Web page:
How 6-12th Grade Staff Support Students With Depression: A Pilot Study to Develop Measures of Implicit Associations, Explicit Attitudes and Helping Behavior
Date of Award
Quantitative Research Methods
Students with emotional disabilities are disproportionately suspended and expelled in K-12 schools. Attribution theory suggests individuals are less likely to provide assistance to others if they believe the individuals are responsible for their own difficulties. To test attribution theory, this study created new measures of explicit attitudes and implicit associations of licensed 6-12th grade staff regarding students with depression as well as a helping behavior measure of staff toward students with depression. The survey was distributed within a single school district in the western United States. A majority of the sample (N = 52) held a mental health license (60%), were service providers (62%), and experienced symptoms of depression (45%). The measures of the dimensions of explicit attitudes, external control (α = .28), locus (α = .23), personal control (α = .19), and stability (α = .18), showed limited evidence of reliability as did the helping behavior measure (α = .19). A confirmatory factor analysis model with attitudes predicting helping behaviors did not have evidence of the model fit, χ² (1, N = 44) = 66.50, p < .001. The implicit association test found evidence of reliability (α = .74) and found a large effect size (Cohen’s d = -3.44). This finding indicates staff associate student symptoms of depression with ‘bad’ more quickly than they associate it with ‘good.’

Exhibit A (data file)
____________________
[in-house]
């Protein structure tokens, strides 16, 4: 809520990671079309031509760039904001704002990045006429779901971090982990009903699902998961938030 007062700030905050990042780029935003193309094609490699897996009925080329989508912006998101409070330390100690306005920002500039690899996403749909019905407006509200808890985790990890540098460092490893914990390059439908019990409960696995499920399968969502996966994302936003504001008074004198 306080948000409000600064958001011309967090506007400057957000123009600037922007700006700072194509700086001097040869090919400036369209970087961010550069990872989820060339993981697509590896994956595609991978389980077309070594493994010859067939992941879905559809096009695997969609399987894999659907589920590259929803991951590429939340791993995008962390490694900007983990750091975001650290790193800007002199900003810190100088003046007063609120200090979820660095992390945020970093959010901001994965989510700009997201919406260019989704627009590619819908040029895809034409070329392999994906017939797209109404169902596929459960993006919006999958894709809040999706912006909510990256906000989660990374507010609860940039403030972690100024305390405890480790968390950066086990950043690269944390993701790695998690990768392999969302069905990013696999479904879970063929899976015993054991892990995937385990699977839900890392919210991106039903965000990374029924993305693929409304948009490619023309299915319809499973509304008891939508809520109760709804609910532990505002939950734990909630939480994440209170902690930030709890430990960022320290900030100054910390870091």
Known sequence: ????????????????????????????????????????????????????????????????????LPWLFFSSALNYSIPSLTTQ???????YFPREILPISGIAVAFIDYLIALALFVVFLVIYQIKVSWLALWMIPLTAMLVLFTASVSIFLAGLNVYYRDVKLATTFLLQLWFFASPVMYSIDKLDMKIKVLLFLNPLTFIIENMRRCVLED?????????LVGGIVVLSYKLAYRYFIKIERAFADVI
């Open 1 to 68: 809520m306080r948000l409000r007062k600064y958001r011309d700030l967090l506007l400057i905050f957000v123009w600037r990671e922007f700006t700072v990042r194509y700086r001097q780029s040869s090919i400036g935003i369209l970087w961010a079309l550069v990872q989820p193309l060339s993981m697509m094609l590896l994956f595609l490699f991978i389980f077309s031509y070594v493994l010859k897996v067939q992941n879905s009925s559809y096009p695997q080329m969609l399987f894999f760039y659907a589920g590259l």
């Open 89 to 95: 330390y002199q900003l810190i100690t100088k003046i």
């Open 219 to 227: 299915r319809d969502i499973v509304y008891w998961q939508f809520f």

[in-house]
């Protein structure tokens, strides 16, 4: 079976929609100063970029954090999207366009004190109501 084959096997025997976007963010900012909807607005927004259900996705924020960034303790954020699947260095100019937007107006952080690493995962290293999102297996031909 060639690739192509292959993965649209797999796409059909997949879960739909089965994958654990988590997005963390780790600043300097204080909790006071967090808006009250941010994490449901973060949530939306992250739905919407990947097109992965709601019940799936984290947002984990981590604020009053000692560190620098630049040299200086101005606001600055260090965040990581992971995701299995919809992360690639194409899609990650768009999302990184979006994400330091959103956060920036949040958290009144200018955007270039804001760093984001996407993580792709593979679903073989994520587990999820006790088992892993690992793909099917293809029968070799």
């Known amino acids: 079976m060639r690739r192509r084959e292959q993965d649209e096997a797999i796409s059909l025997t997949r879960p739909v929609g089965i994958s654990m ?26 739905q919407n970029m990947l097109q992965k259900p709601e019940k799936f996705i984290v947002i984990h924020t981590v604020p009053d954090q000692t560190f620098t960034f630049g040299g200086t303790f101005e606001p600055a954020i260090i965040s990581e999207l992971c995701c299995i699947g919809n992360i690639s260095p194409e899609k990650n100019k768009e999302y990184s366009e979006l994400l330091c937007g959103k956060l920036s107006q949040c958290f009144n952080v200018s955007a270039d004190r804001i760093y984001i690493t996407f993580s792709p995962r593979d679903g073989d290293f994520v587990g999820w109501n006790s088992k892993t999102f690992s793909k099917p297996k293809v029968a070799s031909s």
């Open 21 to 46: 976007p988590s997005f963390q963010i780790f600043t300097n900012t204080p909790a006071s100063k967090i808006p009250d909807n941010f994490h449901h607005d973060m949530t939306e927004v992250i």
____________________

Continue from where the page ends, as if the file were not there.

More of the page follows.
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Thompson, Paul M., "How 6-12th Grade Staff Support Students With Depression: A Pilot Study to Develop Measures of Implicit Associations, Explicit Attitudes and Helping Behavior" (2020). Electronic Theses and Dissertations. 1856.
Received from ProQuest
Paul M. Thompson
Education, Mental health
Child Psychology Commons, Disability and Equity in Education Commons, Elementary Education Commons, Mental and Social Health Commons, Secondary Education Commons, Statistics and Probability Commons